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London’s LSE Formally Rejects Hong Kong Exchange’s Surprise $37 Billion Bid

Pedestrians pass a sign at the London Stock Exchange Group Plc headquarter offices in the City of London, U.K., on Wednesday, Sept. 11, 2019. Hong Kong Exchanges and Clearing Ltd. made an unexpected bid for LSE, which could potentially throw the European exchange's own transformative deal into jeopardy. Photographer: Chris J. Ratcliffe/Bloomberg via Getty ImagesPedestrians pass a sign at the London Stock Exchange Group Plc headquarter offices in the City of London, U.K., on Wednesday, Sept. 11, 2019. Hong Kong Exchanges and Clearing Ltd. made an unexpected bid for LSE, which could potentially throw the European exchange's own transformative deal into jeopardy. Photographer: Chris J. Ratcliffe/Bloomberg via Getty Images
Pedestrians pass a sign at the London Stock Exchange Group Plc headquarter offices in the City of London, U.K., on Wednesday, Sept. 11, 2019. Hong Kong Exchanges and Clearing Ltd. made an unexpected bid for LSE, which could potentially throw the European exchange's own transformative deal into jeopardy. Chris J. Ratcliffe—Bloomberg via Getty Images

London Stock Exchange Group Plc has formally rejected a takeover proposal from Asian rival Hong Kong Exchanges & Clearing Ltd., saying the bid has “fundamental flaws.”

The board of the 300-year old British bourse, which is working on its own deal to buy data provider Refinitiv in a $27 billion transaction, said HKEX’s overture on Wednesday had problems in its “strategy, deliverability, form of consideration and value.”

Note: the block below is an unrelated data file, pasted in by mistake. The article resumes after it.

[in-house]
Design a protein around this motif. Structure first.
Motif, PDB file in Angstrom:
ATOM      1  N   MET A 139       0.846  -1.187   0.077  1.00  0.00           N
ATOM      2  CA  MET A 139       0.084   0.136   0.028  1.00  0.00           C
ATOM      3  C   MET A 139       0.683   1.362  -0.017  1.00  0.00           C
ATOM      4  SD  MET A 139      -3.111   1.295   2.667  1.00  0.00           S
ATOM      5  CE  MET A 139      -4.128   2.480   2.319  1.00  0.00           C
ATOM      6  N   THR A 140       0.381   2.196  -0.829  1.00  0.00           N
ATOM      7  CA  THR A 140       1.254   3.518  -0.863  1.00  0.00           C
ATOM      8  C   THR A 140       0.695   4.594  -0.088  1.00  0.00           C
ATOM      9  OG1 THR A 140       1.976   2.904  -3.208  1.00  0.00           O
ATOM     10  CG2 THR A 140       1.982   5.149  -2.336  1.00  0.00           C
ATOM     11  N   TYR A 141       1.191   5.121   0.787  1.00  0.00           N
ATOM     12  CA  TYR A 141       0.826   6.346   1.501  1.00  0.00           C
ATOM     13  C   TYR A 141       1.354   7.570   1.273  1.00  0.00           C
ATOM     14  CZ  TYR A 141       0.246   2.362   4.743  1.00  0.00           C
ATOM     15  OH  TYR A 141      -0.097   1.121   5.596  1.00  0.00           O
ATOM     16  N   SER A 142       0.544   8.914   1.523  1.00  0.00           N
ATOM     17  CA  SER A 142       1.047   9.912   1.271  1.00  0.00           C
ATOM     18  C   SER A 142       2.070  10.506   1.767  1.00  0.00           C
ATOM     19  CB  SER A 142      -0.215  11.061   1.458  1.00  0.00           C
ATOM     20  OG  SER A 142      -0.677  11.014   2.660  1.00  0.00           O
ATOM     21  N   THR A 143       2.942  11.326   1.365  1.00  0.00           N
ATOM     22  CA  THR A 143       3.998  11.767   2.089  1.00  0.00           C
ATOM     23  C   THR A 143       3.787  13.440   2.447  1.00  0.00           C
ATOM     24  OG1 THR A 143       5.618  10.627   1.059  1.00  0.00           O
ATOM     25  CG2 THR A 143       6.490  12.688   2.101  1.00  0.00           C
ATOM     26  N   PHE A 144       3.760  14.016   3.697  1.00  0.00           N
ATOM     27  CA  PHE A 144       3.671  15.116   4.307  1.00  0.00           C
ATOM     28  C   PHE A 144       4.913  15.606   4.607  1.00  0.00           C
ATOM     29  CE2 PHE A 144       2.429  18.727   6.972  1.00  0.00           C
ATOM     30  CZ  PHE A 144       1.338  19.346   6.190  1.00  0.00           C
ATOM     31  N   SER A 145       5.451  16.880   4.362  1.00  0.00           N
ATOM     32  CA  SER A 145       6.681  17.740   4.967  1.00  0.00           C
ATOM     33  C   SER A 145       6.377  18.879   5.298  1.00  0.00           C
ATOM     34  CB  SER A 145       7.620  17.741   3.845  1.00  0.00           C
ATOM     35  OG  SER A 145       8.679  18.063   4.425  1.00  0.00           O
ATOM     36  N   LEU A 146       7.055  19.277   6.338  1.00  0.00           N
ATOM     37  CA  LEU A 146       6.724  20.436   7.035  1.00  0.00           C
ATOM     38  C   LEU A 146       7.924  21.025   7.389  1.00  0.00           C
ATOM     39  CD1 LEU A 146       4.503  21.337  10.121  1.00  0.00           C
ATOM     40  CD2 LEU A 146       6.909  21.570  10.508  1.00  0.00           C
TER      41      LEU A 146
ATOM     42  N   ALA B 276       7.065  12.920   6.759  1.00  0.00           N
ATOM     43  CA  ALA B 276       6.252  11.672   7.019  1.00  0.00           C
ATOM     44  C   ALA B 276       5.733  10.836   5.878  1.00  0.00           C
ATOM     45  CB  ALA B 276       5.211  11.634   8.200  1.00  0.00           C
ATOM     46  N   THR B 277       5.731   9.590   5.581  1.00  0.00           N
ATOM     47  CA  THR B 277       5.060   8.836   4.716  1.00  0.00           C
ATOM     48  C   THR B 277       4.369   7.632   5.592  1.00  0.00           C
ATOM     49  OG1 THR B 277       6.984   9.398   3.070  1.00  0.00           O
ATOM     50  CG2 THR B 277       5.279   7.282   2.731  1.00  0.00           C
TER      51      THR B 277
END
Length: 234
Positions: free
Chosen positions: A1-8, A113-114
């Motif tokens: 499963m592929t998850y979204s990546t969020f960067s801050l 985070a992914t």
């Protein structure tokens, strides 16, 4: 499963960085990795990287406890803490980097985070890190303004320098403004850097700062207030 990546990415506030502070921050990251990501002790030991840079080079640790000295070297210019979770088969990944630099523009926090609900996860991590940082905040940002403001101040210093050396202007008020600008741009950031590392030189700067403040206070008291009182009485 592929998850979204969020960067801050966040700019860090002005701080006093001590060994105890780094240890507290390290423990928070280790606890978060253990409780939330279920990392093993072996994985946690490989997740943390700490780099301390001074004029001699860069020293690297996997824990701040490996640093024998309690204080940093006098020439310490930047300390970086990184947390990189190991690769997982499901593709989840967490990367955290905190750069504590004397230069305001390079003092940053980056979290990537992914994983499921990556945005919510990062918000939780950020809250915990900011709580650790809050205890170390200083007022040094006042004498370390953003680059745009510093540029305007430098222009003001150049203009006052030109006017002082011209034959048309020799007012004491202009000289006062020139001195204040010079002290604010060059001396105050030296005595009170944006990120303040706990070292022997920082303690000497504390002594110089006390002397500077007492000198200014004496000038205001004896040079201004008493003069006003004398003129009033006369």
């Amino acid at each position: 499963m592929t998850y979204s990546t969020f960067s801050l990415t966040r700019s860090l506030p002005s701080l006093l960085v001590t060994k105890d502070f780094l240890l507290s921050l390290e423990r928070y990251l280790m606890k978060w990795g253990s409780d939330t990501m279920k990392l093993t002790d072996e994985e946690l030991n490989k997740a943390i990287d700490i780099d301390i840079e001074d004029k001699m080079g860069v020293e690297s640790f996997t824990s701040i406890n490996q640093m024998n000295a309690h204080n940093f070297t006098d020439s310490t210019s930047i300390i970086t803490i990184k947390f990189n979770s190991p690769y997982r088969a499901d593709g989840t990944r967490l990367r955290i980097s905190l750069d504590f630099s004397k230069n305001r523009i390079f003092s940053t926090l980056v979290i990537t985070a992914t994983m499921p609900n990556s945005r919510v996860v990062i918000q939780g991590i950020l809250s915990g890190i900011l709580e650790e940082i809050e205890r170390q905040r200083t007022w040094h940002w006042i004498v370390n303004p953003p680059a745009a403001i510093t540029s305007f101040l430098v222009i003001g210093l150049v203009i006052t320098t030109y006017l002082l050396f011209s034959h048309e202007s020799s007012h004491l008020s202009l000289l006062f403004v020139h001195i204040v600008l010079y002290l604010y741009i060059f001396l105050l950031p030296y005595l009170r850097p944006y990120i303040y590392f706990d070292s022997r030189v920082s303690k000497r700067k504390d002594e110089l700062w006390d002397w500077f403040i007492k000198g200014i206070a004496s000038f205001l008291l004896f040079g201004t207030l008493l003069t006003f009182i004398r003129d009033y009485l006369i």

“LSEG remains committed to and continues to make good progress on its proposed acquisition of Refinitiv,” the firm said in a statement Friday. HKEX has said its takeover would only happen if the LSE ended its deal with Refinitiv -- and that it could go hostile if the business resisted its plans to build an Anglo-Asian markets giant.

LSE shares were up 1.6% after the announcement in London trading. The shares initially rose as much as 16% on Wednesday after HKEX said it wanted to combine the exchanges in a cash-and-stock deal that valued the London firm at 29.6 billion pounds ($36.6 billion). However, the stock pared gains after analysts poured cold water on the deal and top investors raised doubts about its attractiveness compared to the Refinitiv acquisition.

The British government has the power to scrap the deal on public-interest grounds. On Wednesday it said LSE is a “critically important part of the U.K. financial system” and that it would be closely scrutinizing details of the transaction.

LSE chief David Schwimmer was surprised earlier this week when HKEX CEO Charles Li paid the London bourse a visit to say he wanted to buy it.

Both firms have been involved in exchange merger deals in recent years, with LSE failing in its most recent attempt two years ago to combine with Deutsche Boerse AG. HKEX acquired London Metal Exchange in 2012 for 1.4 billion pounds.

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